If you get jumped from behind then the eyes or throat aren't going to be available targets (unless the person jumping you is clueless), and neither is the groin (depending on how they grab you, and again if they know what they're doing). I like your thought process of going after vulnerable/vital targets, but position is going to determine which targets are practical.
In the case of being grabbed from behind, none of those targets are likely going to be accessible (again, assuming that the attacker knows what they're doing). And in the case of being struck from behind, your number 1 priority should be to protect your ability to continue fighting (ability to see, breath, and think) long enough to regain your bearings and launch a counter attack.
Assuming that the instructors are actually skilled though, and are used to training with things like eye attacks, groin attacks, etc... then they would likely be aware of those targets and position themselves to protect them. Sure, they might get a little dinged up, but the student is likely going to realize that it is them and it was just a drill before anyone winds up in the hospital.
I like the drill personally, and (assuming that the students are ready for it, which I think you could argue that Parker is) it is more telling of what the student will actually do in a high stress ambush attack type attack than if they know it's going to happen.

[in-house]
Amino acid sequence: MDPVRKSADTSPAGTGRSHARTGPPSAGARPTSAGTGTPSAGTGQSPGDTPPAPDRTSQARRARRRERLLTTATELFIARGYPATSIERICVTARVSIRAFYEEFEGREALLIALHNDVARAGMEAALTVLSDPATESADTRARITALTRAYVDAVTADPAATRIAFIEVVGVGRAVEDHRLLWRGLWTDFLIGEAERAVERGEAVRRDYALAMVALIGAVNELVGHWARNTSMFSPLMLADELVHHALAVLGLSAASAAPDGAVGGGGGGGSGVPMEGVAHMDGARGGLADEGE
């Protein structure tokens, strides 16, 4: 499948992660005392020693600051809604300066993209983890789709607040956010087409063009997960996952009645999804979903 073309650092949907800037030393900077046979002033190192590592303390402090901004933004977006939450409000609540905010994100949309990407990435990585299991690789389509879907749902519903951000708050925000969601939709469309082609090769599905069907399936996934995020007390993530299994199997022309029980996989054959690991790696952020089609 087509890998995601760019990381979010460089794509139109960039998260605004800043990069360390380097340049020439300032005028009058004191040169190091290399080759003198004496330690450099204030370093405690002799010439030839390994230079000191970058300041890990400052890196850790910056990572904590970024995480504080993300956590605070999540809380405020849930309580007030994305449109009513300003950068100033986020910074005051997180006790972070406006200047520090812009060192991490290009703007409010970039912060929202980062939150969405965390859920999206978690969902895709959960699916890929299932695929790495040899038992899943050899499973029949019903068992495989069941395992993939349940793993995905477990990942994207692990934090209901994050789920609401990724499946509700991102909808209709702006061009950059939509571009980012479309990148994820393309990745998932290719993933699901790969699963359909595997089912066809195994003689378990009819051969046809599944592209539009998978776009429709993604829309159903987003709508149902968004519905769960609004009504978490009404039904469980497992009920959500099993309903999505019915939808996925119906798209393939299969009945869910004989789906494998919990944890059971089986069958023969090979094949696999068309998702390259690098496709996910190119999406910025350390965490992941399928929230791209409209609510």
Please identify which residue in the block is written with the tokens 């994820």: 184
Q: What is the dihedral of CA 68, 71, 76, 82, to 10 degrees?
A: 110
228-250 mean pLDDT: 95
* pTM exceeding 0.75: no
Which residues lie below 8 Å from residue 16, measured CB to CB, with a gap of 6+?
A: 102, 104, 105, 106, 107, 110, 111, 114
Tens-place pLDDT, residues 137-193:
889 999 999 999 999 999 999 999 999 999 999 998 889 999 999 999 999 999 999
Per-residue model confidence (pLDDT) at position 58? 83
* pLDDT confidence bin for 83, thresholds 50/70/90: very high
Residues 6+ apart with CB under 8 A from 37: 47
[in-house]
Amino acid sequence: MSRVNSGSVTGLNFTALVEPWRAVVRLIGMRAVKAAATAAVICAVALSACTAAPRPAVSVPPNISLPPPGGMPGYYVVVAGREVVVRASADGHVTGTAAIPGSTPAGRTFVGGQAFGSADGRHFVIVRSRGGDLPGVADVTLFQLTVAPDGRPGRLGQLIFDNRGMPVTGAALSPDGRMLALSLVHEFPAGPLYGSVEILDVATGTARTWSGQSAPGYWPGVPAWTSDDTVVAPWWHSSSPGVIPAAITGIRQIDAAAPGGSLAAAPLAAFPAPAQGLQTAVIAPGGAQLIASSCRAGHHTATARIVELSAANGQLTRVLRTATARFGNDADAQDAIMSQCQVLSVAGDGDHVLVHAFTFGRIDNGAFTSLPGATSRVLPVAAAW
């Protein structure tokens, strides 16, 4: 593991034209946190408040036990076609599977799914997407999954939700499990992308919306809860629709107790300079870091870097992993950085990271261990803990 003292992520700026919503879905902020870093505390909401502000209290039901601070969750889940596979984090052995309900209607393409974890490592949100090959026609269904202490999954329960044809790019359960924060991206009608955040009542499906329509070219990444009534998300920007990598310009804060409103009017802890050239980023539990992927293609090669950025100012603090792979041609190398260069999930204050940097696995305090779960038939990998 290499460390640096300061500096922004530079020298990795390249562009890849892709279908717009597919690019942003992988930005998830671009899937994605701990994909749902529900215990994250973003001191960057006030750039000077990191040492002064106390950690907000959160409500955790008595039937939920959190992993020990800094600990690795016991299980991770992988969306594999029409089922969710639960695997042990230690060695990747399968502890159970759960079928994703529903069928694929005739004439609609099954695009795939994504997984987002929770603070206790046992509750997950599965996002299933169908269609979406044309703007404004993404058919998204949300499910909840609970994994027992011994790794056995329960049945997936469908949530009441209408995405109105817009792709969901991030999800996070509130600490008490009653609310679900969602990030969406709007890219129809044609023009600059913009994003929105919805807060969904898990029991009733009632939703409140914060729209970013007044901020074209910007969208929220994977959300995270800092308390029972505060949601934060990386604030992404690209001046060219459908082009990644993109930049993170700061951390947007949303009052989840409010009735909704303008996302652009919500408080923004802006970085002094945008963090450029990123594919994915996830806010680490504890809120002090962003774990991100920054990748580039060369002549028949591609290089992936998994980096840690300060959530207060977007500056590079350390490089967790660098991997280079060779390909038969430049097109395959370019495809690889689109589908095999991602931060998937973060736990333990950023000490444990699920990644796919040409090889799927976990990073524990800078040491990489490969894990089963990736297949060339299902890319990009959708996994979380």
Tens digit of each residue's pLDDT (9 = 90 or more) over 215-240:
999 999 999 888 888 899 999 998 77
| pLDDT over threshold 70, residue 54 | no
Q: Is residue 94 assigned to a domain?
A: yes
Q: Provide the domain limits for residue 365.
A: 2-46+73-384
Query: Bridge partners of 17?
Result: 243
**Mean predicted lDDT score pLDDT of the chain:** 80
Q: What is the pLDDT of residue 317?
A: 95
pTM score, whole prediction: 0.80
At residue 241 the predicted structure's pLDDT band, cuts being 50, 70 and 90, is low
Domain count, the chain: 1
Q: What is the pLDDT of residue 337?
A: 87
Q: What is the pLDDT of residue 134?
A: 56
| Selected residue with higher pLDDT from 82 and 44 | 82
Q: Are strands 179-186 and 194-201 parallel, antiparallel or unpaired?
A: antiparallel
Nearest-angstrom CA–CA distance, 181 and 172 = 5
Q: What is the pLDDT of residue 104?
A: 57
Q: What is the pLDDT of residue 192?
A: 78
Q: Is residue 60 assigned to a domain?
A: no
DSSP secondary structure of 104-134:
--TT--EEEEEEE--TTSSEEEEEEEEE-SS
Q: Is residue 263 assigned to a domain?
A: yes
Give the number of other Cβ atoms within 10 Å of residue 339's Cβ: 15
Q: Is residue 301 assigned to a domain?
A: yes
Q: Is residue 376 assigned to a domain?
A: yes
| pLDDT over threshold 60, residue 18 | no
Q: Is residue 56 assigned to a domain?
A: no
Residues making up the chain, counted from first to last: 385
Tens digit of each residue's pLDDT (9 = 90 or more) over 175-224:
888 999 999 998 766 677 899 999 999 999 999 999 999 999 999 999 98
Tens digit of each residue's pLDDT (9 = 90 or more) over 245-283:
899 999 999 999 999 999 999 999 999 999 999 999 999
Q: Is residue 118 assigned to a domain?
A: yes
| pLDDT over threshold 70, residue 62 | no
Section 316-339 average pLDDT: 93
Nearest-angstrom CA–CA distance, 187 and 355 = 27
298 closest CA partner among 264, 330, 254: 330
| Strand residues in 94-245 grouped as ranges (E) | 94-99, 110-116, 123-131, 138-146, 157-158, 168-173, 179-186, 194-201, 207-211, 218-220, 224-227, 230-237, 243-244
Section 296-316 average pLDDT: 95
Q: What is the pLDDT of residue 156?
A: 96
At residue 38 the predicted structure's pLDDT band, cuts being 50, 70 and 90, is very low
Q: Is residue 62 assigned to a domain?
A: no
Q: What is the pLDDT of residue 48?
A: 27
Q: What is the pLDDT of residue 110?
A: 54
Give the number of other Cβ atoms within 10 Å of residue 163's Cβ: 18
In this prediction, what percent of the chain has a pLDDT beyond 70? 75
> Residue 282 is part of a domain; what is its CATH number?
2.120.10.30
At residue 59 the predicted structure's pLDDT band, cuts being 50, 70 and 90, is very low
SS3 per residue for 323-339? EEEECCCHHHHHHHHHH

Aside from that, what if the student "knows" that it's going to happen and then actually gets attacked? There is the risk that they'll think that it's just a drill and not fight back 100%. Not a great mindset to instill in someone IMO.
I'm not sure who first said it, but I've heard fighting compared to jumping into a pool of ice cold water. At first you go into shock, your muscles tense up, you are disoriented, confused, unable to think or act like you normally would. But then your body starts to calm down, to deal with the reality of the situation, you start to regain your ability to think and to act more deliberately.
It's that initial "shock/ambush" phase where most good street fighters/attackers/criminals will try to finish you. They know that the longer the fight goes, the more the odds tip towards the more skilled fighter, and they don't want to take the chance that this might be you.
It's also that phase which should be addressed first IMO from a self defense standpoint. If you can't survive that phase and get to the phase where you can actually fight back, then it doesn't matter how good you are at the "active combat" stuff.